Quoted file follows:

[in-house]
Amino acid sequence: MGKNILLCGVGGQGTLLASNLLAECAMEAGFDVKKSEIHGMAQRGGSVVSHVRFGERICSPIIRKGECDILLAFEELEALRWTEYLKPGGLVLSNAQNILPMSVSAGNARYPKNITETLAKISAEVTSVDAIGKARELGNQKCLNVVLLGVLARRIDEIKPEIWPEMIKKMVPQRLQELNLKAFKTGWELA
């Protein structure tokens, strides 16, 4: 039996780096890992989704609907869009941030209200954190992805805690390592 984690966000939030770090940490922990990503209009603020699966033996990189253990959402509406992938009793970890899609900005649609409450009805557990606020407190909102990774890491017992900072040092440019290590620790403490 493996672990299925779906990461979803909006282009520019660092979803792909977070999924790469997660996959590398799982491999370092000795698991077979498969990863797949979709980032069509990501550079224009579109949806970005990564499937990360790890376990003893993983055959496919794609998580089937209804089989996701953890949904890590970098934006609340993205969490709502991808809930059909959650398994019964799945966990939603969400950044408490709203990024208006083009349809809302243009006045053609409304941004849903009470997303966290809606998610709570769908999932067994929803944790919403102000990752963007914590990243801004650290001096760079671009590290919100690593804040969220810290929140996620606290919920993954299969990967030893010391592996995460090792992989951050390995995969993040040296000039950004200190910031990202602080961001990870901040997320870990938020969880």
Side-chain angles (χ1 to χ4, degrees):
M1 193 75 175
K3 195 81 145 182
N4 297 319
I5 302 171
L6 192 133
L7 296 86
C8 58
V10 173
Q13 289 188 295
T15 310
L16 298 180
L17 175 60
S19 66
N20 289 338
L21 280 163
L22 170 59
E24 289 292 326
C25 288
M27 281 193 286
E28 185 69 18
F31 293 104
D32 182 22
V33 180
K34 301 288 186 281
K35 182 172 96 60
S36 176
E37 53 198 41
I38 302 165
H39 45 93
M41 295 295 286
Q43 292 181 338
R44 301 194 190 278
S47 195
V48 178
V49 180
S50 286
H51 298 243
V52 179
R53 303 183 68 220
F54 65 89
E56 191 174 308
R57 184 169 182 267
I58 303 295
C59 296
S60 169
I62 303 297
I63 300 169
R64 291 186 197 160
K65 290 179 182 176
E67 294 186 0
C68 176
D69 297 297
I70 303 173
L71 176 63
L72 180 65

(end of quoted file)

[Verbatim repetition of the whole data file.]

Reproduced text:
[in-house]
Amino acid sequence: MGKNILLCGVGGQGTLLASNLLAECAMEAGFDVKKSEIHGMAQRGGSVVSHVRFGERICSPIIRKGECDILLAFEELEALRWTEYLKPGGLVLSNAQNILPMSVSAGNARYPKNITETLAKISAEVTSVDAIGKARELGNQKCLNVVLLGVLARRIDEIKPEIWPEMIKKMVPQRLQELNLKAFKTGWELA
């Protein structure tokens, strides 16, 4: 039996780096890992989704609907869009941030209200954190992805805690390592 984690966000939030770090940490922990990503209009603020699966033996990189253990959402509406992938009793970890899609900005649609409450009805557990606020407190909102990774890491017992900072040092440019290590620790403490 493996672990299925779906990461979803909006282009520019660092979803792909977070999924790469997660996959590398799982491999370092000795698991077979498969990863797949979709980032069509990501550079224009579109949806970005990564499937990360790890376990003893993983055959496919794609998580089937209804089989996701953890949904890590970098934006609340993205969490709502991808809930059909959650398994019964799945966990939603969400950044408490709203990024208006083009349809809302243009006045053609409304941004849903009470997303966290809606998610709570769908999932067994929803944790919403102000990752963007914590990243801004650290001096760079671009590290919100690593804040969220810290929140996620606290919920993954299969990967030893010391592996995460090792992989951050390995995969993040040296000039950004200190910031990202602080961001990870901040997320870990938020969880």
Side-chain angles (χ1 to χ4, degrees):
M1 193 75 175
K3 195 81 145 182
N4 297 319
I5 302 171
L6 192 133
L7 296 86
C8 58
V10 173
Q13 289 188 295
T15 310
L16 298 180
L17 175 60
S19 66
N20 289 338
L21 280 163
L22 170 59
E24 289 292 326
C25 288
M27 281 193 286
E28 185 69 18
F31 293 104
D32 182 22
V33 180
K34 301 288 186 281
K35 182 172 96 60
S36 176
E37 53 198 41
I38 302 165
H39 45 93
M41 295 295 286
Q43 292 181 338
R44 301 194 190 278
S47 195
V48 178
V49 180
S50 286
H51 298 243
V52 179
R53 303 183 68 220
F54 65 89
E56 191 174 308
R57 184 169 182 267
I58 303 295
C59 296
S60 169
I62 303 297
I63 300 169
R64 291 186 197 160
K65 290 179 182 176
E67 294 186 0
C68 176
D69 297 297
I70 303 173
L71 176 63
L72 180 65